They were also concerned over a heightened risk of bacteria multiplying when making sun tea, where the tea is brewed in cold water in sunlight. It should not be left out in the sun for longer than 4 hours.
We suggest that if you want to get some iced tea ready before your visitors arrive, brew the tea but omit the sugar. Store it in the fridge and add the sugar, lemon, and fruit just before serving. If you are worried about the sugar not dissolving in the cold tea, dissolve the sugar in a bit of boiling water before adding it.
How Long Can You Keep Brewed Herbal Tea?
Herbal tea brewed with dried loose leaves or tea bags should last just as long as ordinary tea – 8 hours at room temperature or 5 days in the fridge.
However, if you are using fresh herbs or flowers, the tea will probably not keep longer than a few hours outside or two days in the fridge.
How Can You Tell If Your Tea Has Spoiled?
There are two sides to the question of whether tea has gone bad. Are you referring to taste or microbial growth?
Loss of Flavor and Health Benefits
We sit back, relax, and enjoy a cup of tea for its refreshing taste and maybe also for its health benefits. Tea that has stood for a while, whether inside or out of the fridge, will eventually lose some of its flavor.
This is caused by reactions between the various chemical components of tea. The healthy properties will be reduced, the tea will taste flat, and the bitter taste of the tannins becomes more pronounced.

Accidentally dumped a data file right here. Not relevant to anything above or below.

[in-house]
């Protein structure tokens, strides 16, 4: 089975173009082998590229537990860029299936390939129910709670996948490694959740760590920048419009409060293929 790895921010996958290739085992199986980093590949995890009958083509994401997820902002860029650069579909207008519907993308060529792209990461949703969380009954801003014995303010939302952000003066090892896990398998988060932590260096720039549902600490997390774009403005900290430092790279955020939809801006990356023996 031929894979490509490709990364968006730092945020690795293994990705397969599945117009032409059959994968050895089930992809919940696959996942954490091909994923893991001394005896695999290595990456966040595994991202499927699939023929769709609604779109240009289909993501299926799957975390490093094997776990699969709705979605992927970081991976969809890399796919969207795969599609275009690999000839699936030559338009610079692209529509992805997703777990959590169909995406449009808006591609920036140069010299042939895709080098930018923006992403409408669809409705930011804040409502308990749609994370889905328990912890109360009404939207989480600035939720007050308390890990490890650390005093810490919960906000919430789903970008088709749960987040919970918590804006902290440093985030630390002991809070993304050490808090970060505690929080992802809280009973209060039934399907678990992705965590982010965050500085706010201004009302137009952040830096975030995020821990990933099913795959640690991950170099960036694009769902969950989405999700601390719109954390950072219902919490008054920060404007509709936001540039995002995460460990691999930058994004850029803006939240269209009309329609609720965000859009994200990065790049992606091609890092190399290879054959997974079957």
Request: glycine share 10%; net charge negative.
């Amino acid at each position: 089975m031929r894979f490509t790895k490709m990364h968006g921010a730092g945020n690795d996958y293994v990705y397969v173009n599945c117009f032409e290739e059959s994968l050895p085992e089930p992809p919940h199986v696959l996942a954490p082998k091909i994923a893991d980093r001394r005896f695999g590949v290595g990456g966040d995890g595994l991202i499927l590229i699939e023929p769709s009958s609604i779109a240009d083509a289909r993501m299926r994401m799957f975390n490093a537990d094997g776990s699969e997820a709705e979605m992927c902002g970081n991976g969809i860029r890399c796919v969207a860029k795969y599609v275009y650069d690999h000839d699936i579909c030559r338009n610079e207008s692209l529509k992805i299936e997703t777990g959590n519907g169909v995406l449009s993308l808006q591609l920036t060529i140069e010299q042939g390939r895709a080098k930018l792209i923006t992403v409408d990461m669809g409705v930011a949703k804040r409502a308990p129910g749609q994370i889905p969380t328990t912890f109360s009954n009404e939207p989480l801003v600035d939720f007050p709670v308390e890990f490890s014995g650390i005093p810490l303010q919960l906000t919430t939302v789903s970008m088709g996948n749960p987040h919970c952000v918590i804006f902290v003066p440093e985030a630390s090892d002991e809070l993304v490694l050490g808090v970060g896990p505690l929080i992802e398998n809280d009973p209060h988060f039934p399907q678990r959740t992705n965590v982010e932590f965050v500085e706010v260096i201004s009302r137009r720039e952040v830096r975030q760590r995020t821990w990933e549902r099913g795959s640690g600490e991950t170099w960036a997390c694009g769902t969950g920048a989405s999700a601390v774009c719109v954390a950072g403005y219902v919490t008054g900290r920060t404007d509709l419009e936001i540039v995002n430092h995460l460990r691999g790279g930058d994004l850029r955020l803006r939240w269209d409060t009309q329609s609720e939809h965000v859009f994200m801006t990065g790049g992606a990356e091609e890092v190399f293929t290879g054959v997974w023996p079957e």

But when this happens the tea will not affect your health.
Growth of Bacteria and Mold
Tea is no longer safe to drink and can cause gastric upsets if there is an overgrowth of microorganisms. Bacteria and molds are everywhere in our environment – also on tea leaves.
Microbes do not multiply on the dried tea leaves because of the absence of water but can start growing once the tea is brewed. Brewed tea could also be contaminated by microbes in the air or on utensils and containers.
The speed at which the microbes will grow depends on factors in their environment – moisture, temperature, and the food available to them. So before drinking old tea, always check whether it’s still safe.
Signs That Tea Has Gone Bad
- The tea has lost most of its flavor and aroma; it could even smell rotten if fermentation has set in.
- The color has changed.
- You see signs of mold on top.
- The tea tastes sour or bitter.
Be Sensible With Leftover Tea
Now you know that tea which stands over can spoil. Tea is most tasty and healthy if you enjoy it freshly brewed. But if you do have leftover tea take the following precautions:
- Avoid tea that has been sat out at room temperature for more than 8 hours.
- Refrigerate tea that you want to drink later in an airtight container, and not for more than 5 days. Or 2 days if sugar or anything else has been added.
- Don’t drink leftover tea if it looks, smells, or tastes strange.
Still feel guilty about wasting tea? Add some more water and use it in your garden as a fertilizer.
- Pastoriza, S., Pérez-Burillo, S., & Rufián-Henares, J.A. 2017. How brewing parameters affect the healthy profile of tea. Current Opinion in Food Science. 14:7-12.
- Schreck, S. 2010. Did you know? Iced tea safety. Food Safety News.